So are you using the 20ft of coax as the actual antenna? You may want to run a bare-wire antenna that connects to your coax 'feed' in the center. The longer the wire the better it will perform on the lower end of the SW bands. Since you're not transmitting, impedance matching is less of a concern. For best performance you'd use multiple long-wires of different lengths optimized for the bands you're interested in. The same antenna can be designed using multiple long-wires and connected at the end.

Here's a better description: SW antennas



posted on Oct, 1 2017 @ 07:55 AM
link   
a reply to: blackcrowe


You could add an external pre amp. They do drag in a bit better.


This radio actually has two different on-board pre-amps. It's a pretty nice radio.



posted on Oct, 1 2017 @ 08:02 AM
link   
a reply to: Flyingclaydisk

No worries.
I can't help anymore.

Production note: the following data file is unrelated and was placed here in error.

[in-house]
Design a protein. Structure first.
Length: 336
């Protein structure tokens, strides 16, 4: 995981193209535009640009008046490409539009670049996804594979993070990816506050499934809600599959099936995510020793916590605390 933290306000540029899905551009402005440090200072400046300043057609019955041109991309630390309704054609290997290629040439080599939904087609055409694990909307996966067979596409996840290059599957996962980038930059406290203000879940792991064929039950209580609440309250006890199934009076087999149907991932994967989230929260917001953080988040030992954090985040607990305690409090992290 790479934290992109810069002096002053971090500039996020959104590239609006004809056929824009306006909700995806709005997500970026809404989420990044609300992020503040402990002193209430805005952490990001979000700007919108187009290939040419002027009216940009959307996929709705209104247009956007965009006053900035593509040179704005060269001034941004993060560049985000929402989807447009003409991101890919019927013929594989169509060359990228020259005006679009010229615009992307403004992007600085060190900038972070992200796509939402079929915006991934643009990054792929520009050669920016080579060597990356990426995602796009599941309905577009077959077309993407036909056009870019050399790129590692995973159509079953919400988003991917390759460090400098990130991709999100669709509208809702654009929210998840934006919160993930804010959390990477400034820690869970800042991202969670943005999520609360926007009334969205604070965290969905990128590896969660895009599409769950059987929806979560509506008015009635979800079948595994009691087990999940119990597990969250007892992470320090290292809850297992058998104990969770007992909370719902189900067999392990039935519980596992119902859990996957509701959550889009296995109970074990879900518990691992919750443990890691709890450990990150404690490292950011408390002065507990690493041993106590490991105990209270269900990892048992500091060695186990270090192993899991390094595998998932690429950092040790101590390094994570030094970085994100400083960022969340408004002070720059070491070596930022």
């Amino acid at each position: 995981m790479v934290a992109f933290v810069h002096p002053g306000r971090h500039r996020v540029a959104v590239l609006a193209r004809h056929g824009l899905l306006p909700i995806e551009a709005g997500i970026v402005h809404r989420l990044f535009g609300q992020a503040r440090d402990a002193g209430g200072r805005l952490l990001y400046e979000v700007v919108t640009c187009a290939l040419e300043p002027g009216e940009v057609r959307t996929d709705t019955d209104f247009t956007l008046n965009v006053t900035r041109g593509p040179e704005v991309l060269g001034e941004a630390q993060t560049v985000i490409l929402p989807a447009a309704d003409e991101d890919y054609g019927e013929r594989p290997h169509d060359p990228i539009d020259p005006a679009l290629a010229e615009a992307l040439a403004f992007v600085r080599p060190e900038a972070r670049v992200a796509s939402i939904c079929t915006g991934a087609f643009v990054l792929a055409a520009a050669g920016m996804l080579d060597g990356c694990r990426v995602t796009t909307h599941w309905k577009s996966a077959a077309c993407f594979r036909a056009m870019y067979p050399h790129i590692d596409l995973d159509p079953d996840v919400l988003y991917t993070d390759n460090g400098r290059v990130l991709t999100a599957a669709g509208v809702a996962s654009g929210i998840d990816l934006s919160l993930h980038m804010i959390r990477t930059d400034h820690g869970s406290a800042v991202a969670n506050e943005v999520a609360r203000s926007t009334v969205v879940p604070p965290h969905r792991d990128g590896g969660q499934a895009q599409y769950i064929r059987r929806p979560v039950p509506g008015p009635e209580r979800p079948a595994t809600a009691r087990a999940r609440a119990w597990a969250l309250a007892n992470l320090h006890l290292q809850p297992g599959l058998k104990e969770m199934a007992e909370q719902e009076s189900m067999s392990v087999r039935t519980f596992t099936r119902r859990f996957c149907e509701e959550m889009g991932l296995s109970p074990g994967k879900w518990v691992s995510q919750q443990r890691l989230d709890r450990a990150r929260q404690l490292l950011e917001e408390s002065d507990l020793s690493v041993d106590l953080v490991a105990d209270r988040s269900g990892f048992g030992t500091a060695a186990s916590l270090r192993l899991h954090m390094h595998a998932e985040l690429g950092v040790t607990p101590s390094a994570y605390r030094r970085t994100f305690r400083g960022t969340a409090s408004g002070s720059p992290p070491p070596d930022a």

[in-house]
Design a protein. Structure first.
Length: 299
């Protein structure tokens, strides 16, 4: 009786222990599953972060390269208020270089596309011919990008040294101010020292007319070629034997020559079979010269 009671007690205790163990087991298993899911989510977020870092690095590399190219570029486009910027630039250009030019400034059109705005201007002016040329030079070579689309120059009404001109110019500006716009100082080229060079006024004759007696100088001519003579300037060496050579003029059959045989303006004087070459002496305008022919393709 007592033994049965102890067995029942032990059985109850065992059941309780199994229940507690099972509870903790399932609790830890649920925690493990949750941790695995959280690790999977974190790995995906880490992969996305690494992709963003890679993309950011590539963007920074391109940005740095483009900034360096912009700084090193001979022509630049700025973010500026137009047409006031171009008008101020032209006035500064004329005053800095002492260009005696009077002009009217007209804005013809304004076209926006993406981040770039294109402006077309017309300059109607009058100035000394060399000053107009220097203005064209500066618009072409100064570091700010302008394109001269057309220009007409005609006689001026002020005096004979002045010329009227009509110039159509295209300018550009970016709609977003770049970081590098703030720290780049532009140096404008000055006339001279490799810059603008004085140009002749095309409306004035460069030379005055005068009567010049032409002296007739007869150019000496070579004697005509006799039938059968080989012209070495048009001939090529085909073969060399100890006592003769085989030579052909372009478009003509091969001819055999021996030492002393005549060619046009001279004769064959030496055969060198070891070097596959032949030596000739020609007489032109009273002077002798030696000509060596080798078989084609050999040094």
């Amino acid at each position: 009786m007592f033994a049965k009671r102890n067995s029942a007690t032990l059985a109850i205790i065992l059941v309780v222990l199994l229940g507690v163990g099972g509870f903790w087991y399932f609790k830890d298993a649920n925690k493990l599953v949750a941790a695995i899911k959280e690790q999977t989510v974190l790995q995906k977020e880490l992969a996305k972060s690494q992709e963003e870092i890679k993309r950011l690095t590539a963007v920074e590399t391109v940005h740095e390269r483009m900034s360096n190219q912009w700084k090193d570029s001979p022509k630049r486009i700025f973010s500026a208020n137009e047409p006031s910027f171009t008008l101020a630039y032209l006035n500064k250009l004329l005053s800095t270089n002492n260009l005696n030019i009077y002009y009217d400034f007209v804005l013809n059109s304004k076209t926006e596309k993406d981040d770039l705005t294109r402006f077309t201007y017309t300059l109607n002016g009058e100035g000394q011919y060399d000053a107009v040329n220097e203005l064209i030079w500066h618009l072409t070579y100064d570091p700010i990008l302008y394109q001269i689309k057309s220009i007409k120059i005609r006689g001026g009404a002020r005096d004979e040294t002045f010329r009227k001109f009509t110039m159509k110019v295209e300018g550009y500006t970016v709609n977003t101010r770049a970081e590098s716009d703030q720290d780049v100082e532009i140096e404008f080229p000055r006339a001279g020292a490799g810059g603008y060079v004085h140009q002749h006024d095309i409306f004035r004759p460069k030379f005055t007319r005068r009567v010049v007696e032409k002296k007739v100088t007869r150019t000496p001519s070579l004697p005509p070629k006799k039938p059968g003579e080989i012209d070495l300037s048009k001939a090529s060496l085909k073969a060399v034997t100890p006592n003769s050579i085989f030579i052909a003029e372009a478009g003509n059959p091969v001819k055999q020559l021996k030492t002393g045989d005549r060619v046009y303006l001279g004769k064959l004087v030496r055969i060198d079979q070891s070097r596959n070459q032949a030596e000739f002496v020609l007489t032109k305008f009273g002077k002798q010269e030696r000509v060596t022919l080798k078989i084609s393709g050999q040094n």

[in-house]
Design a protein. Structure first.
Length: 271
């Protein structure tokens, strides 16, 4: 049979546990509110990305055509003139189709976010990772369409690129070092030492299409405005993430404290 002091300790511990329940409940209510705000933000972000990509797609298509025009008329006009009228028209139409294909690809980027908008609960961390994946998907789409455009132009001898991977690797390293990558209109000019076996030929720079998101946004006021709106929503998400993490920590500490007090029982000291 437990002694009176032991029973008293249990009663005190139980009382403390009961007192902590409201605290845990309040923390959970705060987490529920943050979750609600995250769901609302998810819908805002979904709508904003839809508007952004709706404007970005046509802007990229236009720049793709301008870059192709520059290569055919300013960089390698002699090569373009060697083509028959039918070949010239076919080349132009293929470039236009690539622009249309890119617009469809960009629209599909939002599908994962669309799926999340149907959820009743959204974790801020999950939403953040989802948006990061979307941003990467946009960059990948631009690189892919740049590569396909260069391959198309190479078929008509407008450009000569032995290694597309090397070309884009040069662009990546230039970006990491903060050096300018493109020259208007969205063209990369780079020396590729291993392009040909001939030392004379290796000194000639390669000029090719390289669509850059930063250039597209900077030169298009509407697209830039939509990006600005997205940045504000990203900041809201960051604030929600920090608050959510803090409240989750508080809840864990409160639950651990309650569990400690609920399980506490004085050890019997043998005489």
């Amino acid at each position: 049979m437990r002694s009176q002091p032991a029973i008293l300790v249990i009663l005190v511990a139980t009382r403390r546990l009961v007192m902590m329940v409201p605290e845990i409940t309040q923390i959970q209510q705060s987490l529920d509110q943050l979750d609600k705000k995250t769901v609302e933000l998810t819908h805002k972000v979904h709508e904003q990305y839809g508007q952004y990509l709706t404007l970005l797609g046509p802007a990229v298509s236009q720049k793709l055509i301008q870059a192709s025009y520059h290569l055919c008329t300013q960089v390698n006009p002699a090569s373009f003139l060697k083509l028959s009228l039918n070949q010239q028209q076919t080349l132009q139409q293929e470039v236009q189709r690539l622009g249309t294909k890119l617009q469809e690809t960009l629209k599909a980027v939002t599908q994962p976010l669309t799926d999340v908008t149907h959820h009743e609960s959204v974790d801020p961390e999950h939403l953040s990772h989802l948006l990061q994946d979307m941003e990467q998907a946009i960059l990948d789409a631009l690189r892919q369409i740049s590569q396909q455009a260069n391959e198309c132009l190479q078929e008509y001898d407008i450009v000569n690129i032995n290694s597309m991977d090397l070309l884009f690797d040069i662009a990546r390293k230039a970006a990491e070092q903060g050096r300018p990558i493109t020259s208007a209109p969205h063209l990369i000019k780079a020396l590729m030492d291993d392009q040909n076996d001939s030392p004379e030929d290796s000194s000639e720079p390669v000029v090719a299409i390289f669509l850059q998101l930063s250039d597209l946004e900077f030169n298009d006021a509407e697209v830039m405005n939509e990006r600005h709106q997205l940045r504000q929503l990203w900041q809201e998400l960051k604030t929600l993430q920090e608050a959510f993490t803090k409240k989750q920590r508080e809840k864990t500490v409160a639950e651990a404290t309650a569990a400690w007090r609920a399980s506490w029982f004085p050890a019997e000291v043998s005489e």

Hope you get it sorted.



posted on Oct, 1 2017 @ 08:08 AM
link   
a reply to: jtma508

No, the coax is not the antenna. The antenna is a 45 foot long end-fed HF antenna. It is effectively a bare wire antenna (it has insulation on it, but other than that). It's a packaged antenna so it was (in theory) already set up correctly.



posted on Oct, 1 2017 @ 08:25 AM
link   
I'm getting DX out of New Mexico and the Pacific NW right now on 80m. A little bit of Hawaii, but it's pretty faint.

3.796mHz



posted on Oct, 1 2017 @ 08:26 AM
link   
a reply to: Flyingclaydisk


Seems to me that if I ground the radio chasis to the same ground the antenna is grounded to then...

One must remember that a DC ground is not the same thing as a RF ground. Even gnd conductor(s) must be viewed as a transmission line in RF land.



posted on Oct, 1 2017 @ 08:34 AM
link   
a reply to: Flyingclaydisk

That being the case you should be good to go. The length of the HF element will determine where your reception 'sweet-spot' is. The pre-amp suggestion is bogus. It will raise your noise floor. You have a nice radio and should be able to get pretty much anything. Placement of the antenna is key. I have a 'mystery antenna' on my Yaesu FT897D and have been able to talk to people all over the world. No ore than a wire antenna like yours and mounted about 20ft up in the trees, so not ideal.



posted on Oct, 1 2017 @ 09:20 AM
link   

originally posted by: Cofactor
a reply to: Flyingclaydisk